An Introduction to Bower

7, Nov 2015

Contents

Lets start a Django project using virtualenv and Bower

I've written about virtualenv before, so I won't go that much into detail about it this time. Suffice to say that virtualenv allows you to work in isolated Python environments where your project will not be influenced by any Python packages that exist on your system. This makes dependencies much easier to resolve when it omes time to deploy to production, as you know exactly what your project requires.

Lets get started

Making a virtual environment is absurdly simple:

mkvirtualenv <project_name>
pip install django
django-admin startproject <project_name>

Getting bower setup is equally easy:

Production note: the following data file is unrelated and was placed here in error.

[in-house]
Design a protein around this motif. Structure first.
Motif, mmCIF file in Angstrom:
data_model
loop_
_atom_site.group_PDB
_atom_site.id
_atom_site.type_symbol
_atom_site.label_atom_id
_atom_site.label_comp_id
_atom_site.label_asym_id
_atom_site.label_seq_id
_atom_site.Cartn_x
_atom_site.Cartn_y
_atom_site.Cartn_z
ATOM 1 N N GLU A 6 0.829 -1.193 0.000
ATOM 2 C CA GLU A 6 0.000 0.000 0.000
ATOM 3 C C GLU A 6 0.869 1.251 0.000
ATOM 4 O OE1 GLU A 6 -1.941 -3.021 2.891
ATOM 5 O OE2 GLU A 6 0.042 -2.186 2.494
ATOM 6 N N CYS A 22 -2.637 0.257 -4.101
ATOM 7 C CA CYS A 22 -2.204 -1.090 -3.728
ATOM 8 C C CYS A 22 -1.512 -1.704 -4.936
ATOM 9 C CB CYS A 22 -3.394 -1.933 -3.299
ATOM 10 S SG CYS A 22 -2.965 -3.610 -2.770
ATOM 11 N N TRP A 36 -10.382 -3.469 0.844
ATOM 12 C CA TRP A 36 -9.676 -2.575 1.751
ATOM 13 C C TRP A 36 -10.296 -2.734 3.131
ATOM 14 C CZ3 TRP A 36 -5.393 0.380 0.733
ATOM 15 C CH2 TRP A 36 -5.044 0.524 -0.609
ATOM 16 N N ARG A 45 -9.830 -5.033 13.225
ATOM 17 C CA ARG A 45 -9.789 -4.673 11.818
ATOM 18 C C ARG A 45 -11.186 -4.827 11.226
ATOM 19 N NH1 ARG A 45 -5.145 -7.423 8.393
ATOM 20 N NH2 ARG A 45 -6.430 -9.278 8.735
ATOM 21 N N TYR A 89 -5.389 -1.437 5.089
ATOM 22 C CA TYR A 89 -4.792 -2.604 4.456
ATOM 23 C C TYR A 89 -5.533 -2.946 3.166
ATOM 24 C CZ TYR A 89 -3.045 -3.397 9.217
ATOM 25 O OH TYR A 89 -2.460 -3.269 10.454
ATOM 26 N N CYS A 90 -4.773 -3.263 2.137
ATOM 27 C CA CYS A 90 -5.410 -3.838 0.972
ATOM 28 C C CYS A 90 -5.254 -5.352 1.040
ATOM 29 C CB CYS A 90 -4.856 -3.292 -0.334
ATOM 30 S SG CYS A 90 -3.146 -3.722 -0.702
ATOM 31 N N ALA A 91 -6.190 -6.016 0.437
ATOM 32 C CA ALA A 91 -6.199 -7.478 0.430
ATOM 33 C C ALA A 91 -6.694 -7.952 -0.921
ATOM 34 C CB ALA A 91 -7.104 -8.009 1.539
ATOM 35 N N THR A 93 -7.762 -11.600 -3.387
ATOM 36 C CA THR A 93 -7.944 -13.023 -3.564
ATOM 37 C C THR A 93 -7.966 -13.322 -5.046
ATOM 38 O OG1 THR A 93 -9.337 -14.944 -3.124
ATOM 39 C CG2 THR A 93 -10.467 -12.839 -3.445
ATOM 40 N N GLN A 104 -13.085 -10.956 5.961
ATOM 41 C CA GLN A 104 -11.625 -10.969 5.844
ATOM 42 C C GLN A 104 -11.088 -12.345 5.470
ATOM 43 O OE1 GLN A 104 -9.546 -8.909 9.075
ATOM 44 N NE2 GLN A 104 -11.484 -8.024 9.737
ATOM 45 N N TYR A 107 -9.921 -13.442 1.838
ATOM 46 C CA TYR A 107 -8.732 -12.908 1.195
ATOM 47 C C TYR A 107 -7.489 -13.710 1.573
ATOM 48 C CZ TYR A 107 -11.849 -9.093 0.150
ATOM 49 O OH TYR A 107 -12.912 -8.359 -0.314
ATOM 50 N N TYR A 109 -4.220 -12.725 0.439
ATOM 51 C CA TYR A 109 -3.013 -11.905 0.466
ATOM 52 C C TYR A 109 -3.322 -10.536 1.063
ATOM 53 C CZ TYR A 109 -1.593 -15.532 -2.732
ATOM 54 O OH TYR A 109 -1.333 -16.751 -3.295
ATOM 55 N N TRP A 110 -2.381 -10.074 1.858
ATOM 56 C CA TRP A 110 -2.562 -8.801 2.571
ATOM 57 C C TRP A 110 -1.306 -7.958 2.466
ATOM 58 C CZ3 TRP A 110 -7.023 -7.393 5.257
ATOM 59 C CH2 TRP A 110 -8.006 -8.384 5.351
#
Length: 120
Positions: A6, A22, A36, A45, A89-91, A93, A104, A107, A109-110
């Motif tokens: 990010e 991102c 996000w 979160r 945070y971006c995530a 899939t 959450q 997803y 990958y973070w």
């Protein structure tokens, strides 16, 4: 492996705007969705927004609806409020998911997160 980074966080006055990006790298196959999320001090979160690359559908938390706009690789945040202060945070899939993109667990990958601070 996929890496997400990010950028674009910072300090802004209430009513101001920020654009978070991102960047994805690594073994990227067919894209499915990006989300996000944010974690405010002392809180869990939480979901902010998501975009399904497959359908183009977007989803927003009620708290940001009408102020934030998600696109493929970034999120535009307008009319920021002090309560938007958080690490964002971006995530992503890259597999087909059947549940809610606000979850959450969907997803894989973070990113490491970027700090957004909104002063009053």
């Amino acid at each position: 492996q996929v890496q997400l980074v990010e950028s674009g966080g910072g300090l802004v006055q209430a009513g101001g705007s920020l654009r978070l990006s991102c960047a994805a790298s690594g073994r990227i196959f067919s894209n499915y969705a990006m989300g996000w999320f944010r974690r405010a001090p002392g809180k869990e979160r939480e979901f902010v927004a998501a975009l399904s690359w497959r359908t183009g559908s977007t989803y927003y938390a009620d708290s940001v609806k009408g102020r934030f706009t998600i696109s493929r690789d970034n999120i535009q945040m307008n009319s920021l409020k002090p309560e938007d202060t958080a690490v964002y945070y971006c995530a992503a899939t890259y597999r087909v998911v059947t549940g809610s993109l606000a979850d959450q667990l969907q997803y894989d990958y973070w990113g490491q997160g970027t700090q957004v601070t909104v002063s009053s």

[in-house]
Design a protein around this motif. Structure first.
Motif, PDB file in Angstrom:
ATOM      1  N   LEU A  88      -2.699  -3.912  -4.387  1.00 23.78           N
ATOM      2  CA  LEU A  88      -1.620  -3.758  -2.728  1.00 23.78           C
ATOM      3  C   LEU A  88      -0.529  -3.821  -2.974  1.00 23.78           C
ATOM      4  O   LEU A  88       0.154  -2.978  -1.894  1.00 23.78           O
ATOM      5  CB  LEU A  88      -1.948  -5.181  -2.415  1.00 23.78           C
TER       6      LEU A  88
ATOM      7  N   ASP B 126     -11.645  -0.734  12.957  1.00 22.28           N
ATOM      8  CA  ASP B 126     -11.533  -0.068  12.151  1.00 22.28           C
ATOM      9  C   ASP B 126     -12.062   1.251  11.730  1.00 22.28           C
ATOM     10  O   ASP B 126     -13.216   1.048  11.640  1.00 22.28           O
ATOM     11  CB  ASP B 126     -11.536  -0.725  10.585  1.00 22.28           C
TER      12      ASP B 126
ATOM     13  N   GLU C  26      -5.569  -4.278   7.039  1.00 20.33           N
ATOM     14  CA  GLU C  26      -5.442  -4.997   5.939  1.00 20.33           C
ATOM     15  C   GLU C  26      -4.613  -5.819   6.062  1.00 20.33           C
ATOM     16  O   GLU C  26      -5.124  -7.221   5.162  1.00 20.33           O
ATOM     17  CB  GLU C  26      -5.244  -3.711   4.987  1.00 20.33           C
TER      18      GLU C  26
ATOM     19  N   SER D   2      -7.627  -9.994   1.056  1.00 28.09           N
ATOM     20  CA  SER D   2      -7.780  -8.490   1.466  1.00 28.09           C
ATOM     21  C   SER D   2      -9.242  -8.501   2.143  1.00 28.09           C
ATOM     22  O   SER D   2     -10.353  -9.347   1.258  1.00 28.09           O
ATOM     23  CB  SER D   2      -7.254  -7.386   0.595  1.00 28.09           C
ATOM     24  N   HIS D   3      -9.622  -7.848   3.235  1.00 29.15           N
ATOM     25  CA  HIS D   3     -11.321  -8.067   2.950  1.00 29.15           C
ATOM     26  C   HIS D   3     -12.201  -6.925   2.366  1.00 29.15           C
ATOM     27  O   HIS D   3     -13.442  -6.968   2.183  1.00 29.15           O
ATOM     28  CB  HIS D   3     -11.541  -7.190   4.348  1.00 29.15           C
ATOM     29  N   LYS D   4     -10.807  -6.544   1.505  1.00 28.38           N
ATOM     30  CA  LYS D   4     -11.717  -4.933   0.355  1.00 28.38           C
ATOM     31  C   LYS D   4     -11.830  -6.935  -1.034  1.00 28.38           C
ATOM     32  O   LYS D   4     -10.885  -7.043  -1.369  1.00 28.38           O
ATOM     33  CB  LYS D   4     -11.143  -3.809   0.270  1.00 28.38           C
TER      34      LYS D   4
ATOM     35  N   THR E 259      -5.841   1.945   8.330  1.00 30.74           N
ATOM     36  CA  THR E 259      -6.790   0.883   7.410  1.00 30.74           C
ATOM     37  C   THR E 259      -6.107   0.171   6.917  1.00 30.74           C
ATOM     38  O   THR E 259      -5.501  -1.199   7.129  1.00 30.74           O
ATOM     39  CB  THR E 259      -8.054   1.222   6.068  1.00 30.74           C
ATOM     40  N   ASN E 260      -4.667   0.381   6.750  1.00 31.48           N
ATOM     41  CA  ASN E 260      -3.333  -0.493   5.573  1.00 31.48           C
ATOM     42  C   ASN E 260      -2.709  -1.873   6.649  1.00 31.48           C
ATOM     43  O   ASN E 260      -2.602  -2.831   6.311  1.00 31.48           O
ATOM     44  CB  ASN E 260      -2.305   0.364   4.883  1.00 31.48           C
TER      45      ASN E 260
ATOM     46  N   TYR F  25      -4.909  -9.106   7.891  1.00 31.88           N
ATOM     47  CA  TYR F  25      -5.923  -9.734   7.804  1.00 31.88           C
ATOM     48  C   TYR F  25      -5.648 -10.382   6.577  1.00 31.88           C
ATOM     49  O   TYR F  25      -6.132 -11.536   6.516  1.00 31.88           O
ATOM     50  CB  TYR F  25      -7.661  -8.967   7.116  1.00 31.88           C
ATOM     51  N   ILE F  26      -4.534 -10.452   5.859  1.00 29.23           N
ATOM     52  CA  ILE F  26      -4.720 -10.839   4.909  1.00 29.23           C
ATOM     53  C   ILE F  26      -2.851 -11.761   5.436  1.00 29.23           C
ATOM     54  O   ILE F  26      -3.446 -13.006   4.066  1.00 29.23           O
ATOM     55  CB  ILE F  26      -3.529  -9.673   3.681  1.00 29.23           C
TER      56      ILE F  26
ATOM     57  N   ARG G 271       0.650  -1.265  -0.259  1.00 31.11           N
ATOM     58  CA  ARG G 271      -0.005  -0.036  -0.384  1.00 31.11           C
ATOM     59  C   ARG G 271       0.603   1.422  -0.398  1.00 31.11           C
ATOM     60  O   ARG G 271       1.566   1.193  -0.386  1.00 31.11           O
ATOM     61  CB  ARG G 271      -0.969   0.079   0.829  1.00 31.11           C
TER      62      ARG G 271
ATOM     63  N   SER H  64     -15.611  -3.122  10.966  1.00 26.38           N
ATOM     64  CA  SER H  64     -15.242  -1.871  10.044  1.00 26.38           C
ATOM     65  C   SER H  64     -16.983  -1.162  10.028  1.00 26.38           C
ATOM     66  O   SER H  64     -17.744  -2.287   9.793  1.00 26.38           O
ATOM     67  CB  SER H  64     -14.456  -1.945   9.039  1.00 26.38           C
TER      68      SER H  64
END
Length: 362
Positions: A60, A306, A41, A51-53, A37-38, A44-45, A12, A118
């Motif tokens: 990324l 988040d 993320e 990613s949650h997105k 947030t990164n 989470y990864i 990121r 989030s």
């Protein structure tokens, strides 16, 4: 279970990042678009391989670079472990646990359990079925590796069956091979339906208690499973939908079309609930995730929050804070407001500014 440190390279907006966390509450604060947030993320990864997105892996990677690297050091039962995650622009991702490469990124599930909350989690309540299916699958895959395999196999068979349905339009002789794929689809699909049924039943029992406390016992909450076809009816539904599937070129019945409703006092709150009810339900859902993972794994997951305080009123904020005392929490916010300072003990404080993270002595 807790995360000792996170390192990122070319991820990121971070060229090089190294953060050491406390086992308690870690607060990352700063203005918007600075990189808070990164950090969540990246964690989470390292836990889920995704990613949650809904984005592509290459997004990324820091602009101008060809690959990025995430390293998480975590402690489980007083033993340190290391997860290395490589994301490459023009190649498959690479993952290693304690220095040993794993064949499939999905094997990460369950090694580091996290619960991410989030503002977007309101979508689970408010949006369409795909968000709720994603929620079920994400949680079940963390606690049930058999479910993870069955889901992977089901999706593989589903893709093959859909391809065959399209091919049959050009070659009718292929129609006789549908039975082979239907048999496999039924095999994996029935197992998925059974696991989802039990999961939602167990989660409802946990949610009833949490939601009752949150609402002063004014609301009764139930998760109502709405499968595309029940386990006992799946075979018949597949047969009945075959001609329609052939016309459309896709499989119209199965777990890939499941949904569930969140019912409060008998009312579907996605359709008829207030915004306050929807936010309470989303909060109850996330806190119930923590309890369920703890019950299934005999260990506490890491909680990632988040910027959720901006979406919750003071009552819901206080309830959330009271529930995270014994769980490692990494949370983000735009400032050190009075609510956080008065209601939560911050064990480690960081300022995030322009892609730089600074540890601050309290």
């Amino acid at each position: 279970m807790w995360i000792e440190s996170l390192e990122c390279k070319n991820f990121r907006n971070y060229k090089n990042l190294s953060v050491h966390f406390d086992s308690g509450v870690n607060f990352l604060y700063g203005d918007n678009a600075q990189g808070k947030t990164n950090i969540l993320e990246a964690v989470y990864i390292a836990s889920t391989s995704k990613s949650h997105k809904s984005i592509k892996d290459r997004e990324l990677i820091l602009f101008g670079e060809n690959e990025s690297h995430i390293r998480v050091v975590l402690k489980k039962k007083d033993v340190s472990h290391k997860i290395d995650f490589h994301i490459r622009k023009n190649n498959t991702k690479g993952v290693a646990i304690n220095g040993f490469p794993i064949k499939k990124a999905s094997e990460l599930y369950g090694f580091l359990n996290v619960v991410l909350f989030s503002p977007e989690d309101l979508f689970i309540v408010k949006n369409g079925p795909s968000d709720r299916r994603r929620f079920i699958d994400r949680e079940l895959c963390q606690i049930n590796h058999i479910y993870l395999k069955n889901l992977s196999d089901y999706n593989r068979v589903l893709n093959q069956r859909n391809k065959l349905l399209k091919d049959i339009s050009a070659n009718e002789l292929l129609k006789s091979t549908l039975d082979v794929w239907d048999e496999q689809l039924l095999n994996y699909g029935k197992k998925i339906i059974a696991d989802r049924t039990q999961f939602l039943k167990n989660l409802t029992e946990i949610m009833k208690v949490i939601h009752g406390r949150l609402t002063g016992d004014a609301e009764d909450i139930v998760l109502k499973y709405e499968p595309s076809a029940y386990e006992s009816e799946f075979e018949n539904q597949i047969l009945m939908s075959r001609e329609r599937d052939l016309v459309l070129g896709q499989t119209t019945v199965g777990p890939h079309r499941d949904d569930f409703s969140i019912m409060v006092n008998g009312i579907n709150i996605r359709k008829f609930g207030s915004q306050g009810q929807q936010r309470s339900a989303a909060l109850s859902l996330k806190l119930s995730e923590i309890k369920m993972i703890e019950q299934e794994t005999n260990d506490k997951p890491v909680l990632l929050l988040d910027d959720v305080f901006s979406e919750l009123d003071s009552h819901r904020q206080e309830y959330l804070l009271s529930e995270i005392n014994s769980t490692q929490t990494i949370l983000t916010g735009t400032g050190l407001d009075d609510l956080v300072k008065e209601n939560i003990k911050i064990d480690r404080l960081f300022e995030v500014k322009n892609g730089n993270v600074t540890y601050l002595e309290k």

npm install -g bower
pip install django-bower

The first Bower dependency that we're going to bring into our project is Bootstrap, which is an awesome base style for an application. Once the django-bower install has completed our Django project needs a couple changes to the settings file so that it can begin tracking Bootstrap and other Bower resources. Edit /settings.py and add 'djangobower' to the INSTALLED_APPS list. While you're in that fi le, add the following as well:

STATICFILES_FINDERS = (
    'django.contrib.staticfiles.finders.FileSystemFinder',
    'django.contrib.staticfiles.finders.AppDirectoriesFinder',
    'djangobower.finders.BowerFinder',
)

BOWER_COMPONENTS_ROOT = '/%s/components/' % BASE_DIR
BOWER_INSTALLED_APPS = (
    'bootstrap',
)

Making use of it

Done! Run ./manage.py bower install to download the Bootstrap components. Now, let's make a template that uses it! In your base.html file add the following:

{% load static %}
<link rel="stylesheet" type="text/css" href="{% static "bootstrap/dist/css/bootstrap.css" %}" />

That's all there is to it!

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